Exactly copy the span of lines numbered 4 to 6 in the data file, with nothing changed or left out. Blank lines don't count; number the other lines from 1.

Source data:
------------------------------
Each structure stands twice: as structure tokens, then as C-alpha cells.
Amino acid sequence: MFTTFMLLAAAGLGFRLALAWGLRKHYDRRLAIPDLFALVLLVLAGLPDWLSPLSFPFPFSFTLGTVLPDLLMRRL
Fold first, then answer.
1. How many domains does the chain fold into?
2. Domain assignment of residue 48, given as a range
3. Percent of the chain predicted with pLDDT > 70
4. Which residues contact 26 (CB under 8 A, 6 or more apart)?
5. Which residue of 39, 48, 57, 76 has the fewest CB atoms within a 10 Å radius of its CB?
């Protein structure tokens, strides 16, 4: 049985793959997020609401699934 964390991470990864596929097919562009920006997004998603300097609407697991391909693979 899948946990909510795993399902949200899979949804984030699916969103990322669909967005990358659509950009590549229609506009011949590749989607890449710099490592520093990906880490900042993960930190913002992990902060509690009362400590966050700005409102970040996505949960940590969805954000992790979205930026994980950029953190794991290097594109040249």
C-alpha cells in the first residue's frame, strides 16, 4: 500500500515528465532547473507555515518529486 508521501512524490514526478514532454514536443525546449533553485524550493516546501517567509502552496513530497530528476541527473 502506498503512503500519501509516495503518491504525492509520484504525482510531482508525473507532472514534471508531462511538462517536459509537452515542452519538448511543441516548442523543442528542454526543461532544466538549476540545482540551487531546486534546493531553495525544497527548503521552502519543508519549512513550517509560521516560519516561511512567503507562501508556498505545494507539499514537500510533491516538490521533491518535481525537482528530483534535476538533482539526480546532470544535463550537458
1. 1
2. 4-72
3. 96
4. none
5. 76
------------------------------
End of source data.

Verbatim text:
1. How many domains does the chain fold into?
2. Domain assignment of residue 48, given as a range
3. Percent of the chain predicted with pLDDT > 70